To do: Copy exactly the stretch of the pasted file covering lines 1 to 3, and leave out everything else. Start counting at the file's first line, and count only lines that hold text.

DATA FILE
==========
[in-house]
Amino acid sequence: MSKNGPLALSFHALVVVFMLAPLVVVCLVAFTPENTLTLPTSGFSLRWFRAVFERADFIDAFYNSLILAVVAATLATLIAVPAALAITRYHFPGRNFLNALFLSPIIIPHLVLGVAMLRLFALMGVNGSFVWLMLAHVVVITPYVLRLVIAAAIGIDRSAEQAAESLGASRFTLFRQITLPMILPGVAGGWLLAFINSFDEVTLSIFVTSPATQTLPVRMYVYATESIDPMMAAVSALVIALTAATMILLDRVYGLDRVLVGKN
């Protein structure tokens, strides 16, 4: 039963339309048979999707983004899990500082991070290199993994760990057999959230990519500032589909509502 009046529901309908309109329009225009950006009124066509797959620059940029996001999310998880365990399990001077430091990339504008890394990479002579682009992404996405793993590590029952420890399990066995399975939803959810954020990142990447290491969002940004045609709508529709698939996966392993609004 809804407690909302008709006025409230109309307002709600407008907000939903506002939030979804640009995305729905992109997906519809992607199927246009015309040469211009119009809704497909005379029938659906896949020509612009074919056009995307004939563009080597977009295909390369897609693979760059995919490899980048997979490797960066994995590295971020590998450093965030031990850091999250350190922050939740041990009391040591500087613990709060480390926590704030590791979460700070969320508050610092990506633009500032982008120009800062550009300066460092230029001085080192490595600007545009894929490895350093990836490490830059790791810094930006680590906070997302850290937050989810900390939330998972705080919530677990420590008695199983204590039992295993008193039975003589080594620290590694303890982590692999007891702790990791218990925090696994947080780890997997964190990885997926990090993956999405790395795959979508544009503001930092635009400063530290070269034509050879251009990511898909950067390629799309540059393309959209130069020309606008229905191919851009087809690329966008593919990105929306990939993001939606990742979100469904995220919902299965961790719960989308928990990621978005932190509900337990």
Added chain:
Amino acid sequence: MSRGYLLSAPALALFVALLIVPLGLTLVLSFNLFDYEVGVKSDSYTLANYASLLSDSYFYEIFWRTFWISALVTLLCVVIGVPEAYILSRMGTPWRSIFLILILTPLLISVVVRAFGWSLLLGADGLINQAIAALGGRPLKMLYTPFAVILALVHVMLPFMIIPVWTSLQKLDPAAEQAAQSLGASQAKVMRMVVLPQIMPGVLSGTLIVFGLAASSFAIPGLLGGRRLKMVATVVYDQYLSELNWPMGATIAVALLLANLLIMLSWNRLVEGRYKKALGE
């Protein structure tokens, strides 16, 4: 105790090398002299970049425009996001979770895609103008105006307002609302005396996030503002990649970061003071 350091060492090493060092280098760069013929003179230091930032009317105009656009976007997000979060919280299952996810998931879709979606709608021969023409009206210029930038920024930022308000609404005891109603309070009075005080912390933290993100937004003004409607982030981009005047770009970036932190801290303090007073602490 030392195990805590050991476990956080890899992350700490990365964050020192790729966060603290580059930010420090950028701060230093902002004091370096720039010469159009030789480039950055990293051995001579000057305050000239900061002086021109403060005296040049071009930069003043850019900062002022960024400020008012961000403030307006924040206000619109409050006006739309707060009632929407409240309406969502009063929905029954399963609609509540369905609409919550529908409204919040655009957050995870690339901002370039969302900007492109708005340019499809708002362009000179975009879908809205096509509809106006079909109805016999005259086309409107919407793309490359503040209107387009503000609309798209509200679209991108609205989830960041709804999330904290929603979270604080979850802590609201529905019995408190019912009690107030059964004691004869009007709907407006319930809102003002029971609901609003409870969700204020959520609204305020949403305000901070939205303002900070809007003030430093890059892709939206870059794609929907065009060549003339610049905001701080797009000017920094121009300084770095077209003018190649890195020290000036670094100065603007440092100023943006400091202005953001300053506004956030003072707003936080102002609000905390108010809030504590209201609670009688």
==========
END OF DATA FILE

[in-house]
Amino acid sequence: MSKNGPLALSFHALVVVFMLAPLVVVCLVAFTPENTLTLPTSGFSLRWFRAVFERADFIDAFYNSLILAVVAATLATLIAVPAALAITRYHFPGRNFLNALFLSPIIIPHLVLGVAMLRLFALMGVNGSFVWLMLAHVVVITPYVLRLVIAAAIGIDRSAEQAAESLGASRFTLFRQITLPMILPGVAGGWLLAFINSFDEVTLSIFVTSPATQTLPVRMYVYATESIDPMMAAVSALVIALTAATMILLDRVYGLDRVLVGKN
């Protein structure tokens, strides 16, 4: 039963339309048979999707983004899990500082991070290199993994760990057999959230990519500032589909509502 009046529901309908309109329009225009950006009124066509797959620059940029996001999310998880365990399990001077430091990339504008890394990479002579682009992404996405793993590590029952420890399990066995399975939803959810954020990142990447290491969002940004045609709508529709698939996966392993609004 809804407690909302008709006025409230109309307002709600407008907000939903506002939030979804640009995305729905992109997906519809992607199927246009015309040469211009119009809704497909005379029938659906896949020509612009074919056009995307004939563009080597977009295909390369897609693979760059995919490899980048997979490797960066994995590295971020590998450093965030031990850091999250350190922050939740041990009391040591500087613990709060480390926590704030590791979460700070969320508050610092990506633009500032982008120009800062550009300066460092230029001085080192490595600007545009894929490895350093990836490490830059790791810094930006680590906070997302850290937050989810900390939330998972705080919530677990420590008695199983204590039992295993008193039975003589080594620290590694303890982590692999007891702790990791218990925090696994947080780890997997964190990885997926990090993956999405790395795959979508544009503001930092635009400063530290070269034509050879251009990511898909950067390629799309540059393309959209130069020309606008229905191919851009087809690329966008593919990105929306990939993001939606990742979100469904995220919902299965961790719960989308928990990621978005932190509900337990």